Autopsies of Over 90% of Former NFL Players Showed Signs Of Concussion Disease

Source: US News and World Report

Many football fans fondly remember Rick Arrington as the Philadelphia Eagles’ quarterback from 1970 to 1973, but his daughter’s memories are tainted by years spent watching her dad suffer from late-stage chronic traumatic encephalopathy (CTE).

A degenerative brain disease found in athletes, military veterans and others with a history of repetitive brain trauma, CTE causes depression, suicidal thoughts, aggression and mood swings. Eventually, folks have problems with thinking and memory, and may ultimately develop dementia. Repeated blows to the head — even if they don’t cause concussions — are considered the main risk factor for CTE.

Though he had no history of concussions, Arrington said her dad suffered with CTE for more than 35 years. Speaking about her father’s illness for the first time at a recent benefit for the Concussion Legacy Foundation, sportscaster Jill Arrington said she no longer enjoys watching football.

“When I see players’ heads collide on the field, I see my dad’s face begging me through tears to end his misery. I see the strongest man I have ever known struggle to sleep for months on end … and unable to make a simple cellphone call.”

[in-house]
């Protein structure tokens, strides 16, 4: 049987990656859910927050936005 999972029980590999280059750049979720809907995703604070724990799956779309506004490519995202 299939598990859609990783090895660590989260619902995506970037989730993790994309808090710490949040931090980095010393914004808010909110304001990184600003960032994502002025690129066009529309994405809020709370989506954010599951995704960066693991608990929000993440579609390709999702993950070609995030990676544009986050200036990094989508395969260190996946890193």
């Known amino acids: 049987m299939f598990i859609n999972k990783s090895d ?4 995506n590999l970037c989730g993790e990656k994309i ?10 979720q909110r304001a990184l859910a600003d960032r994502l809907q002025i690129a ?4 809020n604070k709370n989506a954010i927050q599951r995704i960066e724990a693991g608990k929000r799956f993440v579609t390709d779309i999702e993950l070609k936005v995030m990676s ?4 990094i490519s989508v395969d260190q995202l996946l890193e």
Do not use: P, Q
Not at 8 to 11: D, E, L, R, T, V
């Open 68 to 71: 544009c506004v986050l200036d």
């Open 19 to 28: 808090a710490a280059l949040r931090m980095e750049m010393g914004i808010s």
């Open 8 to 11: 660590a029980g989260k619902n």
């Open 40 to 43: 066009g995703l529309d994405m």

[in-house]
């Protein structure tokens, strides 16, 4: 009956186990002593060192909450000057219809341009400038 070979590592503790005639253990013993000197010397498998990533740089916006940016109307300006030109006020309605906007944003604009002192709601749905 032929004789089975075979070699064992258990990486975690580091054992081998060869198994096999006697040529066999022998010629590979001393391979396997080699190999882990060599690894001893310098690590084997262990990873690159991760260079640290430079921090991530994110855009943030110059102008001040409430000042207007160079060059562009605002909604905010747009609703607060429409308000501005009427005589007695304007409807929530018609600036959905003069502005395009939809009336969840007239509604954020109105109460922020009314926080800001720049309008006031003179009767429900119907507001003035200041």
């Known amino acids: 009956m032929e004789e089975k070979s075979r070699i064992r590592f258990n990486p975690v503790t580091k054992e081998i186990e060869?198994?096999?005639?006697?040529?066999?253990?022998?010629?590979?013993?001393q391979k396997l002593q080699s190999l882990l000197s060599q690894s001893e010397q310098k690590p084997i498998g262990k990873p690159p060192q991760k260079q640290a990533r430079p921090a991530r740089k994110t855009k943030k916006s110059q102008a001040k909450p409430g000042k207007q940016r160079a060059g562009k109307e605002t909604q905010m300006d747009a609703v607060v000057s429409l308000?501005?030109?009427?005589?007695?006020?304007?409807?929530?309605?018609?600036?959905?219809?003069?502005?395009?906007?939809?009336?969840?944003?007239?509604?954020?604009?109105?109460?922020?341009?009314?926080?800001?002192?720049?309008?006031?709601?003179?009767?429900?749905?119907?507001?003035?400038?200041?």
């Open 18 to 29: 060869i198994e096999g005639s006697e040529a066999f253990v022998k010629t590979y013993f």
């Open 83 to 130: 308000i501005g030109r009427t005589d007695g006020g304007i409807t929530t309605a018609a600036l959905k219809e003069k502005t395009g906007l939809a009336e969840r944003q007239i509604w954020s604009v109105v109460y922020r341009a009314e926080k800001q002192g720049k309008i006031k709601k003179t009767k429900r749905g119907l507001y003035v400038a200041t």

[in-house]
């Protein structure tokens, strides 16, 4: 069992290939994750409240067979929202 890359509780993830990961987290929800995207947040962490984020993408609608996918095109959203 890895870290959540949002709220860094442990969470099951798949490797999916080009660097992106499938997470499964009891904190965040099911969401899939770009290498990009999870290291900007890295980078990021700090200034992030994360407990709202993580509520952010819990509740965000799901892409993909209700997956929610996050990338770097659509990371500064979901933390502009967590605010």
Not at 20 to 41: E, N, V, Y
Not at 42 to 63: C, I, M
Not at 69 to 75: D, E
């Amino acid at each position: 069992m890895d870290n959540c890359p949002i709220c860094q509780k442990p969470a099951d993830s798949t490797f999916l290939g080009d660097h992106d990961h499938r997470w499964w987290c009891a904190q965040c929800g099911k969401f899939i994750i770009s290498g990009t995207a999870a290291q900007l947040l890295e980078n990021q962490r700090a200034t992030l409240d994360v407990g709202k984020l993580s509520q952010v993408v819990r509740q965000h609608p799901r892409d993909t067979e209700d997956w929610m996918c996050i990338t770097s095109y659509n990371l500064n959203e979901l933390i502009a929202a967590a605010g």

Researchers at the Boston University CTE Center recently announced that they have now diagnosed CTE in the brains of 345 of 376 (91.7%) of NFL players studied, including Arringto. By contrast, a 2018 Boston University study of 164 donated brains found one (0.6%) with CTE — in a former college football player.

The NFL player data doesn’t necessarily mean that 9 of 10 current and former NFL players have CTE. Exactly how many do is unknown since the condition can only be definitively diagnosed by brain autopsy after death.

Brains with CTE show a buildup of a protein called tau around the blood vessels. This is different from what is typically seen in brains affected by aging, Alzheimer’s, or any other brain disease.

“Every 2.6 years of football at any level doubles your risk for CTE, and the longer you play and the higher level that you play, the greater your risk,” said Dr. Ann McKee, director of the Boston University (BU) CTE Center and chief of neuropathology at VA Boston Healthcare System. She also directs the UNITE brain bank, the world’s largest tissue repository focused on CTE and traumatic brain injury.

The new research builds on findings from a 2017 study that showed CTE in 99% of the brains of NFL players, 91% of college football players, and 21% of high school football players in the UNITE brain bank.

“Now, five years later, we have many more [brains], and we are still seeing that more than 90% of NFL players are affected,” McKee said. “Even though public interest in CTE rises and wanes, this problem isn’t going away.”

“In the brain bank population, we are seeing a lot of cases of CTE, and what this tells us is that we need to do something immediately, and we are still sitting back on our heels,” McKee said.


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Autopsies of Over 90% of Former NFL Players Showed Signs Of Concussion Disease - Part 2